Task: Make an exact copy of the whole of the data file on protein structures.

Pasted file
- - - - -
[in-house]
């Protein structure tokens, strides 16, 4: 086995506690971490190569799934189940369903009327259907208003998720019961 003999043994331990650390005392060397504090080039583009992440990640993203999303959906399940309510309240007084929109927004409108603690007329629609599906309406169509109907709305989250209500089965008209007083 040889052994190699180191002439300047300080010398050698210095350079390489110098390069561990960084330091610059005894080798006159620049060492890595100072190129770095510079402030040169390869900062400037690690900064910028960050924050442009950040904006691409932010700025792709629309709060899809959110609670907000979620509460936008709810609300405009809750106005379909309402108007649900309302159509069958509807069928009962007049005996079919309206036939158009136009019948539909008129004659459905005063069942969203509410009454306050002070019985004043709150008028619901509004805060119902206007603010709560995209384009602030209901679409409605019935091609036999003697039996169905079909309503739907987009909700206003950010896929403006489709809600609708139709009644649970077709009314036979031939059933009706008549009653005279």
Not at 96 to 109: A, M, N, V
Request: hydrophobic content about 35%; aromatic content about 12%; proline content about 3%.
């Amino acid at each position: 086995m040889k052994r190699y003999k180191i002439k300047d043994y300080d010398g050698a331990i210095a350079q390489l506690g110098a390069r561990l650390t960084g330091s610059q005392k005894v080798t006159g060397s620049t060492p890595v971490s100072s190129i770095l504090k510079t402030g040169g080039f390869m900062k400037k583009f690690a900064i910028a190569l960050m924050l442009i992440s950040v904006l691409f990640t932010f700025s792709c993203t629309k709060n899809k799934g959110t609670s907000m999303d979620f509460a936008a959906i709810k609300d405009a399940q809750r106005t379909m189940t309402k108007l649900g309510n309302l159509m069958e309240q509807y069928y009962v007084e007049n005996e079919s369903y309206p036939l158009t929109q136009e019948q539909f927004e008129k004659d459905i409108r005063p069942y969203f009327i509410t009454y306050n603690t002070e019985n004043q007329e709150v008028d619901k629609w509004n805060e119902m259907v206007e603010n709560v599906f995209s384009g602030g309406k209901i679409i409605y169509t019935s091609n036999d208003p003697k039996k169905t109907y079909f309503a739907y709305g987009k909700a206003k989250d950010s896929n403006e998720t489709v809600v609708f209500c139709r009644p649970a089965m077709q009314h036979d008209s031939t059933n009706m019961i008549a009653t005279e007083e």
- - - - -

[in-house]
């Protein structure tokens, strides 16, 4: 086995506690971490190569799934189940369903009327259907208003998720019961 003999043994331990650390005392060397504090080039583009992440990640993203999303959906399940309510309240007084929109927004409108603690007329629609599906309406169509109907709305989250209500089965008209007083 040889052994190699180191002439300047300080010398050698210095350079390489110098390069561990960084330091610059005894080798006159620049060492890595100072190129770095510079402030040169390869900062400037690690900064910028960050924050442009950040904006691409932010700025792709629309709060899809959110609670907000979620509460936008709810609300405009809750106005379909309402108007649900309302159509069958509807069928009962007049005996079919309206036939158009136009019948539909008129004659459905005063069942969203509410009454306050002070019985004043709150008028619901509004805060119902206007603010709560995209384009602030209901679409409605019935091609036999003697039996169905079909309503739907987009909700206003950010896929403006489709809600609708139709009644649970077709009314036979031939059933009706008549009653005279």
Not at 96 to 109: A, M, N, V
Request: hydrophobic content about 35%; aromatic content about 12%; proline content about 3%.
């Amino acid at each position: 086995m040889k052994r190699y003999k180191i002439k300047d043994y300080d010398g050698a331990i210095a350079q390489l506690g110098a390069r561990l650390t960084g330091s610059q005392k005894v080798t006159g060397s620049t060492p890595v971490s100072s190129i770095l504090k510079t402030g040169g080039f390869m900062k400037k583009f690690a900064i910028a190569l960050m924050l442009i992440s950040v904006l691409f990640t932010f700025s792709c993203t629309k709060n899809k799934g959110t609670s907000m999303d979620f509460a936008a959906i709810k609300d405009a399940q809750r106005t379909m189940t309402k108007l649900g309510n309302l159509m069958e309240q509807y069928y009962v007084e007049n005996e079919s369903y309206p036939l158009t929109q136009e019948q539909f927004e008129k004659d459905i409108r005063p069942y969203f009327i509410t009454y306050n603690t002070e019985n004043q007329e709150v008028d619901k629609w509004n805060e119902m259907v206007e603010n709560v599906f995209s384009g602030g309406k209901i679409i409605y169509t019935s091609n036999d208003p003697k039996k169905t109907y079909f309503a739907y709305g987009k909700a206003k989250d950010s896929n403006e998720t489709v809600v609708f209500c139709r009644p649970a089965m077709q009314h036979d008209s031939t059933n009706m019961i008549a009653t005279e007083e």